precious metal bull markets, silver outperforms. Its price climbs at a
faster rate than gold’s price. The reverse happens in bear
markets. Silver’s price drops at a faster rate than gold’s
price. The following chart of the gold/silver ratio illustrates this
At the peak
of the last precious metal bull market in January 1980, it took 17.4 ounces
of silver to buy one ounce of gold. Thereafter, the ratio turned and
started climbing higher. By February 1991, 101.8 ounces of silver were
needed to exchange for one ounce of gold. Silver was trading at only
$3.50 per ounce, down 93% from its previous bull market peak.
then was “dirt cheap”, but it would not get any cheaper.
Silver turned the corner as value oriented buyers recognized a bargain.
Since then the price of silver has been generally rising, and has been doing
so faster than the spectacular rise in the price of gold. The result is
a long-term downtrend in gold/silver ratio. In other words, since 1991,
silver has outperformed gold.
the ratio touched 45.0 and ended Friday at 45.3. It was the lowest
daily and weekly close for the ratio since February 1998, which is a
significant date. That is the month Warren Buffett announced that he
had acquired 130 million ounces of silver. His footprint is visible on
the above chart.
from his disclosures that he began buying silver around $4 in July
1997. The ratio then was in the mid-70s. But note what happened
to the ratio as Buffett accumulated his hoard over the next several months,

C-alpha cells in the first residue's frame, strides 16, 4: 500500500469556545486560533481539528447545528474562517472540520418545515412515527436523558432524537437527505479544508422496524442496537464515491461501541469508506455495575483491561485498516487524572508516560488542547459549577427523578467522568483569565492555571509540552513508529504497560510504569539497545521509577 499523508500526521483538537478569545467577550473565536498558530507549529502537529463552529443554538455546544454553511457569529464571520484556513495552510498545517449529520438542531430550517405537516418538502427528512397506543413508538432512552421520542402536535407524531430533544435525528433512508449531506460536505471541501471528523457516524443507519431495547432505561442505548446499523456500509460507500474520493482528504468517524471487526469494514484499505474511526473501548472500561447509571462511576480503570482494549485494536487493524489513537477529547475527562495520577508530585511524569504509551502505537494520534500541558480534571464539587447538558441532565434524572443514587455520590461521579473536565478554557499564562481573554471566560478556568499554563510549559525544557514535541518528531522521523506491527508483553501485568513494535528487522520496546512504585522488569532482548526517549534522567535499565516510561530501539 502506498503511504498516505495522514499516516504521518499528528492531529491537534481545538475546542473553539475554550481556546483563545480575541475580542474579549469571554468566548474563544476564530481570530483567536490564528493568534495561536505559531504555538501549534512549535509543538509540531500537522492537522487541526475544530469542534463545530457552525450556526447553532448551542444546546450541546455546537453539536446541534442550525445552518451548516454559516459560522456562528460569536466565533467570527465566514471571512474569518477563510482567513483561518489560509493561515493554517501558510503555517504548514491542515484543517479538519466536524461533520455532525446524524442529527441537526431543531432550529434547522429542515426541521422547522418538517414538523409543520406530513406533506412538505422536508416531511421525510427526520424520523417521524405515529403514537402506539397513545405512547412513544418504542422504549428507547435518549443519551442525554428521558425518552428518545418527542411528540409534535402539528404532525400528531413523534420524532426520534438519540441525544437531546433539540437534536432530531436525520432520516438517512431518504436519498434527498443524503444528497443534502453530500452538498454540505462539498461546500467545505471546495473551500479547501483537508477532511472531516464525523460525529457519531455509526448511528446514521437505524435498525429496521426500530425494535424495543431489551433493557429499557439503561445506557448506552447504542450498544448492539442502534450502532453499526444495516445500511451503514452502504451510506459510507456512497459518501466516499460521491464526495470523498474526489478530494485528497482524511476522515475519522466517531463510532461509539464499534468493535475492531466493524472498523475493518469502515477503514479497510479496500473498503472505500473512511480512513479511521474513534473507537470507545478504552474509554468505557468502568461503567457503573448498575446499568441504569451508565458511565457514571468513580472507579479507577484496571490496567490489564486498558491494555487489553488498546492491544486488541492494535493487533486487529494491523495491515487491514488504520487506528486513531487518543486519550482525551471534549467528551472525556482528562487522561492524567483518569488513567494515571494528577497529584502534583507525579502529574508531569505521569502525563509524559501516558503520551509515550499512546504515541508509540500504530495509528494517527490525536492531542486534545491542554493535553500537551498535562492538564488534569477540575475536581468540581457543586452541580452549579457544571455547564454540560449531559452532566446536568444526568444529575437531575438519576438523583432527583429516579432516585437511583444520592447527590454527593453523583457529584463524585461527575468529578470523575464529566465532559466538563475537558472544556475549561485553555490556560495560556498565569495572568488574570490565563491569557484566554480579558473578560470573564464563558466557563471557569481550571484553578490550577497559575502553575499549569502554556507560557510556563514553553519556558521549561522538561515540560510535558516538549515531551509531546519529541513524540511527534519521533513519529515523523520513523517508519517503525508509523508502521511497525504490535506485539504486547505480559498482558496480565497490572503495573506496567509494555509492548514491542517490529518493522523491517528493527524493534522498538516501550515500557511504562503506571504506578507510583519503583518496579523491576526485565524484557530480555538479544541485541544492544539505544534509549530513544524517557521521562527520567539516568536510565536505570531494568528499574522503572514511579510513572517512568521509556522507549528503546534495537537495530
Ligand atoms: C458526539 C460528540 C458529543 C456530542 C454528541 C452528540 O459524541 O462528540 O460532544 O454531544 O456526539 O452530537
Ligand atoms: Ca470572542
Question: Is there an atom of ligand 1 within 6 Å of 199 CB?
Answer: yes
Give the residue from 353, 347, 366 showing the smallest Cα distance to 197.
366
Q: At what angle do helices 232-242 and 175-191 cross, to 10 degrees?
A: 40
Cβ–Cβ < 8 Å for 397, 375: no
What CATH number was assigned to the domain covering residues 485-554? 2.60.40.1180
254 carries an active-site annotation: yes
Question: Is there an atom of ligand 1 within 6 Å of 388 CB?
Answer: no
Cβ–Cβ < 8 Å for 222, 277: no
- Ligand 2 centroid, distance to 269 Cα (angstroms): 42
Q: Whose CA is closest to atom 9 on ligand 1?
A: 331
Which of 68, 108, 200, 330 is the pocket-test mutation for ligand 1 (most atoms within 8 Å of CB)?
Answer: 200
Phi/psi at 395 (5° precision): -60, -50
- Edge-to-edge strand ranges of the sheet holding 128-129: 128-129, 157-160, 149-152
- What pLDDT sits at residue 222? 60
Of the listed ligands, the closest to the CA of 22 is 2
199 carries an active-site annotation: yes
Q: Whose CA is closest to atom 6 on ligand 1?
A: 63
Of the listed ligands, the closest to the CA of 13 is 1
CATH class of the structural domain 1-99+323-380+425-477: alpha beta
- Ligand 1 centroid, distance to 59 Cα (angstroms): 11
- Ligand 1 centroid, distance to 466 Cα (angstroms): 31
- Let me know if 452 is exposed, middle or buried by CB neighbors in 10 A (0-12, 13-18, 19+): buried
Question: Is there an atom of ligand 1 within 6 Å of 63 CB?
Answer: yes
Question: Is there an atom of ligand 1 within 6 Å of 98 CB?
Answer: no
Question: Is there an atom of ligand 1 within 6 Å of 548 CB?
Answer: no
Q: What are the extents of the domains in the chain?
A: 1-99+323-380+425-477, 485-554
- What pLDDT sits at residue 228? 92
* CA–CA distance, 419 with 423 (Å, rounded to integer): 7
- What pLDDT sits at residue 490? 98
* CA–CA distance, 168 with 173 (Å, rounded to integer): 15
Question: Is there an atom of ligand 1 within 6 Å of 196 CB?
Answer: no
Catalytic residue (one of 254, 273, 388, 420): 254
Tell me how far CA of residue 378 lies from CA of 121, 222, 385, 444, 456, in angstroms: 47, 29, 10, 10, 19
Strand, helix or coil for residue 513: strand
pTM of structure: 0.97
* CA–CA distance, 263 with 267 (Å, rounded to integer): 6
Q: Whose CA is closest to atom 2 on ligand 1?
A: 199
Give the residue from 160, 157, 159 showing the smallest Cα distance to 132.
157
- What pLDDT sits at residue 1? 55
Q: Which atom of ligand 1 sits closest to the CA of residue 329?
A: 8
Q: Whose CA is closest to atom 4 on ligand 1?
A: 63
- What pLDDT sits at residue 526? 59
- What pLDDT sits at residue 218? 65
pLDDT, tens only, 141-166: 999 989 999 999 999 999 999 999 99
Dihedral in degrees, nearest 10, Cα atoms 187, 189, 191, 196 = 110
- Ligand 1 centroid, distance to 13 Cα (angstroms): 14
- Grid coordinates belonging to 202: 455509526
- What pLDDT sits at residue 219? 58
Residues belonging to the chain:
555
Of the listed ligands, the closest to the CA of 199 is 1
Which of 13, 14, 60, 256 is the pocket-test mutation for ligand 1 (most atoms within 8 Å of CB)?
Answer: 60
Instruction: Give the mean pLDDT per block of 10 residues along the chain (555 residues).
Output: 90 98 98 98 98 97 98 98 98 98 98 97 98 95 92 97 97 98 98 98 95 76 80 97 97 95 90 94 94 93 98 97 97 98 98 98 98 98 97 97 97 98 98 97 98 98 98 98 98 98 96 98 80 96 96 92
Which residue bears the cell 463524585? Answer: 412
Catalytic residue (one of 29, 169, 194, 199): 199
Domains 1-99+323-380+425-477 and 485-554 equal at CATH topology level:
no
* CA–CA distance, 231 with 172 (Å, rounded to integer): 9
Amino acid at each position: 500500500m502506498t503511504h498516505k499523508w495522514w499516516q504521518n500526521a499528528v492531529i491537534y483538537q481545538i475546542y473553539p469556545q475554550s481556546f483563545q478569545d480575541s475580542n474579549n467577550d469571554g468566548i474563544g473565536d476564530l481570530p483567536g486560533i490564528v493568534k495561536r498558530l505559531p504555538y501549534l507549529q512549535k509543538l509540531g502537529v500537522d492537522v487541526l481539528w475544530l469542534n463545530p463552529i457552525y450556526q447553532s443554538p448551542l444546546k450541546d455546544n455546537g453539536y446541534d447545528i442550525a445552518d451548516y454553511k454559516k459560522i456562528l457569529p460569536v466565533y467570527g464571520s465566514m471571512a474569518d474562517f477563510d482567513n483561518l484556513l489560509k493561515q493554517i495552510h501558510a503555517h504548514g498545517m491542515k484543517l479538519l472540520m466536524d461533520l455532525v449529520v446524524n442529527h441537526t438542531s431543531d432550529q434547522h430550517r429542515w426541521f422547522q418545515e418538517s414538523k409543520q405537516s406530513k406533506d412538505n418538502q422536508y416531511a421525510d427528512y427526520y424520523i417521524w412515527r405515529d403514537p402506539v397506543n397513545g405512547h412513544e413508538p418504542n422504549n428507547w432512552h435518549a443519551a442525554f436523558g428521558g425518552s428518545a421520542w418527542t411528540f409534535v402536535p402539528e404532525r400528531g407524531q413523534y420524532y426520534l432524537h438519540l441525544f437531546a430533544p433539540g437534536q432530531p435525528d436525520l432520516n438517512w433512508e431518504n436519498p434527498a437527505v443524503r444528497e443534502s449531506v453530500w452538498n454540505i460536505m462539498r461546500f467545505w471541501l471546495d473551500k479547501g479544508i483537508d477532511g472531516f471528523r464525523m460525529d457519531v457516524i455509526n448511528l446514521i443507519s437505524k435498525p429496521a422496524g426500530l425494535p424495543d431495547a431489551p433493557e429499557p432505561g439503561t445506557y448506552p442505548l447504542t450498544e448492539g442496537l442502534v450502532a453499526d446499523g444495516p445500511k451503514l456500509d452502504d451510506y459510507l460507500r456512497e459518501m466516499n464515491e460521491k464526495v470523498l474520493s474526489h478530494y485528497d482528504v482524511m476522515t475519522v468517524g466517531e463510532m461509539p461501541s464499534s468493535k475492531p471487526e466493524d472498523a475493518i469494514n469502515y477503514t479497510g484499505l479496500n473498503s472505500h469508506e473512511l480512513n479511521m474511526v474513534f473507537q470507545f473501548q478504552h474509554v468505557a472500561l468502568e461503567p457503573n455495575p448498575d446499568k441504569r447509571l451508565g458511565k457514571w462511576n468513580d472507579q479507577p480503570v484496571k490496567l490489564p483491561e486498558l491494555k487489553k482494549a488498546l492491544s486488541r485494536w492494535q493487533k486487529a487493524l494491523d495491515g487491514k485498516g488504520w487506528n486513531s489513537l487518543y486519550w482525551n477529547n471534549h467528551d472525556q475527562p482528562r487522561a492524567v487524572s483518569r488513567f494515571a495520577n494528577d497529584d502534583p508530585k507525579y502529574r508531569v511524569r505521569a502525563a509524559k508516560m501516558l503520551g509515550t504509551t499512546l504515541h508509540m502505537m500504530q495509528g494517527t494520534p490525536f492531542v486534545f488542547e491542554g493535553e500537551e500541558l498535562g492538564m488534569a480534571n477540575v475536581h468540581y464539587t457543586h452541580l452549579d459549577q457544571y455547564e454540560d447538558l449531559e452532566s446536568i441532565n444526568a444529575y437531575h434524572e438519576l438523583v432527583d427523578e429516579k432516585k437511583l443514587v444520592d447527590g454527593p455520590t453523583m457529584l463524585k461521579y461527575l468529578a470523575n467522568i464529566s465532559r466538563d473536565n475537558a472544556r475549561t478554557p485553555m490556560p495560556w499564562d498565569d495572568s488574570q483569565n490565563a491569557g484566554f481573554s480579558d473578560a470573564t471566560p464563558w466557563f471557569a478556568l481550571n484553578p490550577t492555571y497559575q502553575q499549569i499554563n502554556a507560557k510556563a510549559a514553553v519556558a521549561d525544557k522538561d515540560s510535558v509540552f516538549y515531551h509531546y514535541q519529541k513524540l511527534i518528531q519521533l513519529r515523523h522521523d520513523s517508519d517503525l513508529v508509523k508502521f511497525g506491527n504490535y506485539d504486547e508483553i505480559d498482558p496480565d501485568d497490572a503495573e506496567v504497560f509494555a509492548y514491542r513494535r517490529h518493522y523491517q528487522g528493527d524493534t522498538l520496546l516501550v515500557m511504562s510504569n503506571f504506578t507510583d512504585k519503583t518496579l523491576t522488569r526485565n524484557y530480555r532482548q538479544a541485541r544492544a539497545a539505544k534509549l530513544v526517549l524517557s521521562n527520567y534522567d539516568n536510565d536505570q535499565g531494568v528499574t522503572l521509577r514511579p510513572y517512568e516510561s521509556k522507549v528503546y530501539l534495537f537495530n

culminating with the announcement of his purchase. The gold/silver
ratio fell by nearly 50%, so that only 41.3 ounces of silver were needed to
buy one ounce of gold. Silver was clearly outperforming gold, just like
it has been doing over the last several months – as shown in the above
chart by the remarkable drop in the ratio.
has now reached an important point. It is breaking through support,
which is illustrated by the lower red line on the above chart.
previous attempts to break through support have failed, with the result that
for many years the ratio has continued marking time within a trading range
bounded by the parallel red lines. That trading range now looks mature
and ‘ripe for picking’.
knows of course how the markets will unfold in the future. But I expect
that the ratio will finally break through support, which is an event that I have
been looking and waiting for patiently over many years.
If I am
right and the ratio knifes through the low 40s and below the Buffett point,
there is no clear short-term target. Given the momentum evident in the
above chart and the bullish fundamental factors impacting silver at present
– like its unprecedented
backwardation – a drop to at least the low
30s seems highly likely, but I don’t rule out the possibility of the
ratio falling even lower.
long-term target for the ratio is 17. It is approximately the average
level at which the two precious metals were exchanged for hundreds of years
prior to the arrival of fiat currencies in 1971. It has been my view
that a 17-to-1 ratio is attainable by 2013-2015, but given what seems to be
shaping up, we probably won’t need to wait that long.
unprecedented backwardation in silver has one clear signal. The
potential for a massive short squeeze is building. If one occurs
– as I believe is becoming increasingly likely – there is no
telling how quickly a 17-to-1 ratio could be achieved.
All data and quotes sourced from Reuters.
Published by the Free Gold Money Report.
Copyright © 2010. All rights reserved.